This natural mechanism is intended to protect the seeds from germinating at an inopportune time and is basically a delay in development. Thus, nothing at all happens if you press a “stone” into the ground, although there is still beautiful summer weather. Dormancy prevents the seed from germinating immediately. But in the remaining days of summer, it only grows into a half-strong plantlet that has no chance of surviving the winter. It ensures that the seedling will not begin to grow until the following growing season. But it will be able to take full advantage of it, and therefore more likely to survive the next winter.

Planting Peach Seed: How to overcome dormancy


Planting Peach Seed: How to overcome dormancy


When you are here to know how to plant a peach seed, you have to know how to overcome dormancy. Dormancy is broken by exposure to cold. After the winter, it should start right away. The simplest method is then to let the sown “peach stone” overwinter in a pot or directly in the garden. That too, without any protection from the weather. Nature does it that way too. It works. It just takes time; some winters are not enough to break the dormancy.

There are now countless recommendations on how long, at what temperature, and humidity you should store the seeds in the refrigerator. You may also have some questions in mind, like, “How long should be a peach seed dry before planting.” However, you do not need to worry about these if you follow the following method:

  • The process starts with knowing how to crack open a peach seed. Continue by cracking the “stones.” The “stone” itself is not the actual seed; it is merely a woody fruit shell that must be cracked to get to the seed. The seed looks very familiar; it strongly reminds me of an almond (yes, it is also a drupe).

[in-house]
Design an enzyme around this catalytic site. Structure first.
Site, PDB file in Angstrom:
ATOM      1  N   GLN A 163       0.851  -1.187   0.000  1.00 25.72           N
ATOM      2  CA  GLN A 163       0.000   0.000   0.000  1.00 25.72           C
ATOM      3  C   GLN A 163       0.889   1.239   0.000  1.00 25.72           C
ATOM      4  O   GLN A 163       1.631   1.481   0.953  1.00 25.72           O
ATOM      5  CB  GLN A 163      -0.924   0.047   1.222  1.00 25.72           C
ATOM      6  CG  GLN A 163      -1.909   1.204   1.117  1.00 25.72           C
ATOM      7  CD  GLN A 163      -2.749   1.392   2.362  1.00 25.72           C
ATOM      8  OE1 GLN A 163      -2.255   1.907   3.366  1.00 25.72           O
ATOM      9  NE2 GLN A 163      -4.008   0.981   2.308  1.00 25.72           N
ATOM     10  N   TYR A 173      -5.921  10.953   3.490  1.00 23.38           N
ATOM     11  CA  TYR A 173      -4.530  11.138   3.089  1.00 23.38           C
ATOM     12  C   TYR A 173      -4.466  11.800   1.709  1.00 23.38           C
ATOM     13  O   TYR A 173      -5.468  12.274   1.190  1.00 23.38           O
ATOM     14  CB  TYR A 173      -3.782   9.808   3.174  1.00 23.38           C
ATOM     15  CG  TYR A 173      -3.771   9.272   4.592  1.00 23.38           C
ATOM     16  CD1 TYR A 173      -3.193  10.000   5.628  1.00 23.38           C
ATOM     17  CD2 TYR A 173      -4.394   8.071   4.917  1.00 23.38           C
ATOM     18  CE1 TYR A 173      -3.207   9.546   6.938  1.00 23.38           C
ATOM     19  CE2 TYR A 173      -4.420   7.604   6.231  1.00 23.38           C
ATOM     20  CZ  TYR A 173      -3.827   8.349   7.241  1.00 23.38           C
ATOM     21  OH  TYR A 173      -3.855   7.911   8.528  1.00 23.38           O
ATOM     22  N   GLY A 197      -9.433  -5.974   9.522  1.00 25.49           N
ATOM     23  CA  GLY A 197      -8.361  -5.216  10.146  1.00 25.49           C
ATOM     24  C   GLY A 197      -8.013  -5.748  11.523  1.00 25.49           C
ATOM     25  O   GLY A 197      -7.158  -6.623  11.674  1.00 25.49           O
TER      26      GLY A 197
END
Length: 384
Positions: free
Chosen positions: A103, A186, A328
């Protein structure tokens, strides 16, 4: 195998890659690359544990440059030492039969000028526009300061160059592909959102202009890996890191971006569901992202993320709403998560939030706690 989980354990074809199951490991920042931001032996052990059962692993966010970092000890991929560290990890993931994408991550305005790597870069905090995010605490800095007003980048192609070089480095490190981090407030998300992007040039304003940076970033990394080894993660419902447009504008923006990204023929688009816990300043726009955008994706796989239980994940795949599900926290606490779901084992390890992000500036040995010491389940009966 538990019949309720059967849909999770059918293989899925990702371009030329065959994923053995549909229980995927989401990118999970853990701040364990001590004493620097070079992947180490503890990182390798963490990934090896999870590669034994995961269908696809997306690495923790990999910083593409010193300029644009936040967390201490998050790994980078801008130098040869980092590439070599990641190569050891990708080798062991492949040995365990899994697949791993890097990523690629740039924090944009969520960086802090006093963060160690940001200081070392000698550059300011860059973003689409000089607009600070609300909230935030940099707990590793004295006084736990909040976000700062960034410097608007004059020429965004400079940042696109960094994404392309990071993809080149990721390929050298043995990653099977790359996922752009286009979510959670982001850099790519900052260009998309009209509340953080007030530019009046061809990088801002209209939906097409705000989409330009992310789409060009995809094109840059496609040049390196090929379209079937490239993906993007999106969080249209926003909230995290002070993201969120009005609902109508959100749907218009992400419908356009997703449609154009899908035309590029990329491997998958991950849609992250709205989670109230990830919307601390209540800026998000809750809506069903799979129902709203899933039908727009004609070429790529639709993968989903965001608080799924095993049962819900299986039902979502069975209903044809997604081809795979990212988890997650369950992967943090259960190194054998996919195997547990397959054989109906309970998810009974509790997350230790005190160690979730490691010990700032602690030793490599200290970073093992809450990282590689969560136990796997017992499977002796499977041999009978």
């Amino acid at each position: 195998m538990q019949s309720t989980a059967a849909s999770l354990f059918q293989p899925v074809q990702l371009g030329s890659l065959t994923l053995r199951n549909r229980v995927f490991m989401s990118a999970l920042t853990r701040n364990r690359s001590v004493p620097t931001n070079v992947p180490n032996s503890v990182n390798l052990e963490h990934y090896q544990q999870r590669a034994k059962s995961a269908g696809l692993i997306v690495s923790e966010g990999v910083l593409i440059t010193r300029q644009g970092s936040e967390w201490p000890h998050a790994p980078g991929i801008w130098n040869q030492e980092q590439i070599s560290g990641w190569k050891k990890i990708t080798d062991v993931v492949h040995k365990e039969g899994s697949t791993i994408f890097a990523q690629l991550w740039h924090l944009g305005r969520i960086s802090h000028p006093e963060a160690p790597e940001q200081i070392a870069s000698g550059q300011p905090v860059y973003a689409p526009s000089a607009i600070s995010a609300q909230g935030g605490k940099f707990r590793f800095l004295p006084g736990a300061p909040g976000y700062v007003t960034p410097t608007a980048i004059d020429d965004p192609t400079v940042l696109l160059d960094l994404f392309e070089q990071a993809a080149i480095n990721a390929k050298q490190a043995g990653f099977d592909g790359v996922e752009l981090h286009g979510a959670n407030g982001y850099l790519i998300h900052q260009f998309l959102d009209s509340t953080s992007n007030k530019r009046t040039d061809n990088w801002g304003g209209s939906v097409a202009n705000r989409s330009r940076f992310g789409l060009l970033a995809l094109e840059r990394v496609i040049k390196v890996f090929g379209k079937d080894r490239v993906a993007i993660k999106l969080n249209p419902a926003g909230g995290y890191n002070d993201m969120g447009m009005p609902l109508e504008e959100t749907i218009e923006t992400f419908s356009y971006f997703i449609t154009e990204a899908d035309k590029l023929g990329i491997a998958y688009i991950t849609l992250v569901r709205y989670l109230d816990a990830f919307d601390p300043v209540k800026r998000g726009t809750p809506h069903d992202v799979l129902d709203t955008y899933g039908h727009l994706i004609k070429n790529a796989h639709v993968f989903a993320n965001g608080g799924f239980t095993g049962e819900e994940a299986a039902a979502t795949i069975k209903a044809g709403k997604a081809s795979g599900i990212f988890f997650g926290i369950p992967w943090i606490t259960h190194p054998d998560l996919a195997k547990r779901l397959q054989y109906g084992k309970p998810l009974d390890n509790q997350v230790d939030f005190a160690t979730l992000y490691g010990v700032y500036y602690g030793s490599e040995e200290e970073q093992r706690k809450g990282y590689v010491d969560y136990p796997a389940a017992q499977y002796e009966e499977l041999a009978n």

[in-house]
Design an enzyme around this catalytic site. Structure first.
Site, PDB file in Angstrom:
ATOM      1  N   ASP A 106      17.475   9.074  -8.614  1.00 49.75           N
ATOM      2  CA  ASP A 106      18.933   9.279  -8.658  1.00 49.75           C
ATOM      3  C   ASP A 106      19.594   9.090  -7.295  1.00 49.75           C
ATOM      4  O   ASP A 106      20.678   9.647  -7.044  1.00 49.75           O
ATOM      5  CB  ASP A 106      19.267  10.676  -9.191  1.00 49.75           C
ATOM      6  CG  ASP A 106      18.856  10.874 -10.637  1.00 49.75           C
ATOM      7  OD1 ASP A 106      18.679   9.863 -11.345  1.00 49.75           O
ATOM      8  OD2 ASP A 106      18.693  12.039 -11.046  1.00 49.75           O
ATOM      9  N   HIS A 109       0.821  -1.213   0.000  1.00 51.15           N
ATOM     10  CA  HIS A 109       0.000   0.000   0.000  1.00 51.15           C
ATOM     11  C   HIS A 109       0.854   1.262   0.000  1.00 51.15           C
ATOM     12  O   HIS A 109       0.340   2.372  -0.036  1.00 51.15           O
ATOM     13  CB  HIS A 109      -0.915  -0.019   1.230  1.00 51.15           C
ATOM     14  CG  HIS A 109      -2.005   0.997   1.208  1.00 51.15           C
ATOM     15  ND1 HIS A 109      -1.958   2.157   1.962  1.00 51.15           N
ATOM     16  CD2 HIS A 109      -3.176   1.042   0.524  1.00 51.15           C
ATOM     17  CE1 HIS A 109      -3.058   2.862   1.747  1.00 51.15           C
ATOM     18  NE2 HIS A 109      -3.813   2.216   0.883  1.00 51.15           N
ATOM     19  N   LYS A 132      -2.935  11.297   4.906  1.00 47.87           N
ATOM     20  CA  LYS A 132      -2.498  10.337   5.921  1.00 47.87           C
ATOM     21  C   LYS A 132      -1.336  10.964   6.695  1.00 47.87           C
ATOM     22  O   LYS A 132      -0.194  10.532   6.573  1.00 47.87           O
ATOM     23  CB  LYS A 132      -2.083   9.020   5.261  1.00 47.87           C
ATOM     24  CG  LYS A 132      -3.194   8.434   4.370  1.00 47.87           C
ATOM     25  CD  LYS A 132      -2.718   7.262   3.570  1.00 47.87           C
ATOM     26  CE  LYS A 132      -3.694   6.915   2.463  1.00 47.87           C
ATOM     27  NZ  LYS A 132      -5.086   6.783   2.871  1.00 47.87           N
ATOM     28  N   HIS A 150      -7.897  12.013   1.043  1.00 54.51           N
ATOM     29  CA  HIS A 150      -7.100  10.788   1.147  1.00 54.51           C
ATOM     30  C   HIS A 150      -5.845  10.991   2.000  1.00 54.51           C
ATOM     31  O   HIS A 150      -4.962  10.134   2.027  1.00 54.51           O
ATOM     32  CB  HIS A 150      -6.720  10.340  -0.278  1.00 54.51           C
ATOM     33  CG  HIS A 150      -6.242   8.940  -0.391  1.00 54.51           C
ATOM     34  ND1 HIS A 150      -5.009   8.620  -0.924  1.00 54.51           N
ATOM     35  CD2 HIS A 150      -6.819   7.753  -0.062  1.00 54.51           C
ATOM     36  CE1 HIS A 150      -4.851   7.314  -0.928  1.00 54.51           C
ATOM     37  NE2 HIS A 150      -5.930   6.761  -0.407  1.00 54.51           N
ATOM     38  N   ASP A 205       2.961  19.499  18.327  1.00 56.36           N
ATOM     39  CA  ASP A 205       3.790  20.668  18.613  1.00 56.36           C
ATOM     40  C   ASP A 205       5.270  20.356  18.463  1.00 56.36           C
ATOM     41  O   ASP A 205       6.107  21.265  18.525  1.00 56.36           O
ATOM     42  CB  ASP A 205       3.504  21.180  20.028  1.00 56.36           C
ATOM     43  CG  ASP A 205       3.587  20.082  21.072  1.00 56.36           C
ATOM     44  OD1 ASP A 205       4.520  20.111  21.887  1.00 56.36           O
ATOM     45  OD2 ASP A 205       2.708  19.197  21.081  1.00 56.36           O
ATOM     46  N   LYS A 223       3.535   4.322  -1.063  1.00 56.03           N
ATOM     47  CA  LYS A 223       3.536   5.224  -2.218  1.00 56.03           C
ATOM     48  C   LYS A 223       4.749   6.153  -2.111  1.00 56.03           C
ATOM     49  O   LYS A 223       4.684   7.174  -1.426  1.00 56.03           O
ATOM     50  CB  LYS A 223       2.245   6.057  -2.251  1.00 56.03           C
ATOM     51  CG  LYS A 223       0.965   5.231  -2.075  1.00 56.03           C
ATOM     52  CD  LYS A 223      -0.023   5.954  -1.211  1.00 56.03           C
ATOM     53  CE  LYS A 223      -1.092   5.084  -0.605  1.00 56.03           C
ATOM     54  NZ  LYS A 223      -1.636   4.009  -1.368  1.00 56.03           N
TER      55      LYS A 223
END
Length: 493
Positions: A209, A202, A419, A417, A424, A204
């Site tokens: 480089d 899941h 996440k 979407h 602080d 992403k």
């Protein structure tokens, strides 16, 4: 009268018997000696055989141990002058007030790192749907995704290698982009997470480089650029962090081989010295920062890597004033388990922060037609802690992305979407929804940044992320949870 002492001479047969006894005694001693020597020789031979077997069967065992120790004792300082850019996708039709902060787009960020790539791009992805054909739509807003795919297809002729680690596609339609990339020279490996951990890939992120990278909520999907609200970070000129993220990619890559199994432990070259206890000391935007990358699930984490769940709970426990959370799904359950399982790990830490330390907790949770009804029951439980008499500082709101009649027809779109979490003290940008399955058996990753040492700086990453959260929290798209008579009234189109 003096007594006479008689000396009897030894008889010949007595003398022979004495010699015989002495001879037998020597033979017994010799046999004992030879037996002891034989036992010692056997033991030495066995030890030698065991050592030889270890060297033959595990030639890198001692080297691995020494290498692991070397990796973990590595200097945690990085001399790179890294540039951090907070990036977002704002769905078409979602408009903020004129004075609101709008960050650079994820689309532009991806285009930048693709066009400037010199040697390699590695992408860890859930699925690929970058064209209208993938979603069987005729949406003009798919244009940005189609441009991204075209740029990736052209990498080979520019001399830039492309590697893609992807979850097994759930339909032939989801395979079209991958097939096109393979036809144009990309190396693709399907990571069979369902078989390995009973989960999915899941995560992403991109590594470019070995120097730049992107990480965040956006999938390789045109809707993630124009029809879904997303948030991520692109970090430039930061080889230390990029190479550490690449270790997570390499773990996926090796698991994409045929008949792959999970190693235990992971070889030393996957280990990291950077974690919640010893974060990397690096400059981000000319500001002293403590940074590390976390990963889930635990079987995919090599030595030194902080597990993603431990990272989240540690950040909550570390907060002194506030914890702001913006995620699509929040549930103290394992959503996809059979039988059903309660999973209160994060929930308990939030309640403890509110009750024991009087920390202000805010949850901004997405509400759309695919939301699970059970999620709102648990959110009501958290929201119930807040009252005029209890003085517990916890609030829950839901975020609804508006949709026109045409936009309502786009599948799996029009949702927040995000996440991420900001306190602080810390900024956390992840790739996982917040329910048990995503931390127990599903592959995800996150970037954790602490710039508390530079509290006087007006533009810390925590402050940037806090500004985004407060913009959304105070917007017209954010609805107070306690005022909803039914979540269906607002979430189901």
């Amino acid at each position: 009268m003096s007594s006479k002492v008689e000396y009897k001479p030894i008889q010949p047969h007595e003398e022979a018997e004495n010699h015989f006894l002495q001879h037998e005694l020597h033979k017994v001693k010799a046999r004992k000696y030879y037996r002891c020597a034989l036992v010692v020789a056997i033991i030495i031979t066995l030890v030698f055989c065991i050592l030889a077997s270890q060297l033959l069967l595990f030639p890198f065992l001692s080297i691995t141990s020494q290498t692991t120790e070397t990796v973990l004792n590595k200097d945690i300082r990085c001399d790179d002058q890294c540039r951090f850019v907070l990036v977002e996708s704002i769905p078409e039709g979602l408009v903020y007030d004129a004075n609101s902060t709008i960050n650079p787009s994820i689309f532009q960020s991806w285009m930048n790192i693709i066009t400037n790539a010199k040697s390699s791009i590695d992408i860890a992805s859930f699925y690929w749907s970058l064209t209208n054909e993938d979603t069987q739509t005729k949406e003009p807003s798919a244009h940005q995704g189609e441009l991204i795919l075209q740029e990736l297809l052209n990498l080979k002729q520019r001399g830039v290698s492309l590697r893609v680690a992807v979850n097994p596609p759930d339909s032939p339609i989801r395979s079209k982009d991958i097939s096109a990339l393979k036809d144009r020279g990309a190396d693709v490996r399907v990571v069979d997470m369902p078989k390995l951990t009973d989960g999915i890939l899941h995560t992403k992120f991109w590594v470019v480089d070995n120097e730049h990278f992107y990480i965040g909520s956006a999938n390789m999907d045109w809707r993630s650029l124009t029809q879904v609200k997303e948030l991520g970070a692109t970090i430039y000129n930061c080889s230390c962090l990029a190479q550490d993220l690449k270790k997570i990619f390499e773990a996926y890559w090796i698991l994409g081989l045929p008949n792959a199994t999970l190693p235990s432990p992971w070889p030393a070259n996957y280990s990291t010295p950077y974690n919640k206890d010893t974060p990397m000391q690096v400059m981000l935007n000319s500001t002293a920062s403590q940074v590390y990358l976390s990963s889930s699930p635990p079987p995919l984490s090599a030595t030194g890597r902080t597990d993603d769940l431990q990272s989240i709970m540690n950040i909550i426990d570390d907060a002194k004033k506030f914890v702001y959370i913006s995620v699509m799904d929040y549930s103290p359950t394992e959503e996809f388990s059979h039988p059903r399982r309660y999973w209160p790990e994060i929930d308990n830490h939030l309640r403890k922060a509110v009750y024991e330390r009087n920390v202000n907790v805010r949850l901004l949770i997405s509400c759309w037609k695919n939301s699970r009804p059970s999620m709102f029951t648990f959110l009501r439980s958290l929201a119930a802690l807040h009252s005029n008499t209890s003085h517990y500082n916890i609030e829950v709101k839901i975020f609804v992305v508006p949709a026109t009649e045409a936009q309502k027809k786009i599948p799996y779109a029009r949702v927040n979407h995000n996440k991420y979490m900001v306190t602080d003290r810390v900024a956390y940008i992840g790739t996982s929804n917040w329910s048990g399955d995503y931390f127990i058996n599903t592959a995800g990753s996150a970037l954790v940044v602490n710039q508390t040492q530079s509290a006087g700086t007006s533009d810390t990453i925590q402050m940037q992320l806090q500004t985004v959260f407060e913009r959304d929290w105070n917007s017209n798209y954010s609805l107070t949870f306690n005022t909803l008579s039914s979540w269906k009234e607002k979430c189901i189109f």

• The seeds are soaked in water for 1-2 hours, and then the brown seed coat is carefully pulled off. Care must be taken not to remove the spike at the end of the seed. In it is the root system, it is essential for germination. The final product, in turn, resembles something that can be found in the bakery assortment of any store: Shelled almonds.
  • Sow the seed or plant the peach seed, cover the seed lightly with soil and water well. Make sure that the little point does not point upwards; from it grows the root. Otherwise, the seed will be forced into acrobatic contortions. It can also work but weakens growth.
  • Water regularly, if necessary, keep free of weeds. Overwinter young plants frost-free (do not let them dry out!).

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Final Thoughts: How to Plant Peach Seed? 

This method is based on removing the actual origin of dormancy with the seed coat. The seed coat is an important player. It decides on the water and gas supply of the embryo and prevents radicle growth as a mechanical barrier. It contains substances that inhibit the growth and development of the embryo.

Before you know how to plant a peach seed, you should have the mental preparation of being patient. Until the seedlings then bear fruit for the first time, usually pass another five or even more years. Impatient planting better-grafted seedlings, there the yield is already after 1-2 years. In this sense, all those who are curious and willing to experiment have a lot of patience when planting peach seeds!

Frequently Answered Question

How long does it take for a peach seed to sprout?

Depending on the variety of peach, it takes between one and three months for a peach seed to sprout.

Can you grow a peach tree indoors?

Although it might come as a surprise, yes, you can grow a peach tree indoors! However, it requires a different growing method.

Are peach trees easy to grow?

Growing a peach tree from seed for a long time and hard work. Approximately three to four years is necessary for the tree to start producing fruit. So for an easier and quicker solution, you can purchase a young tree from it and plant it in your home garden.

Elysha Murphy

I'm Elysha Murphy, the creator of Easier Gardening. I am very passionate about gardening, and love sharing everything I learn about them.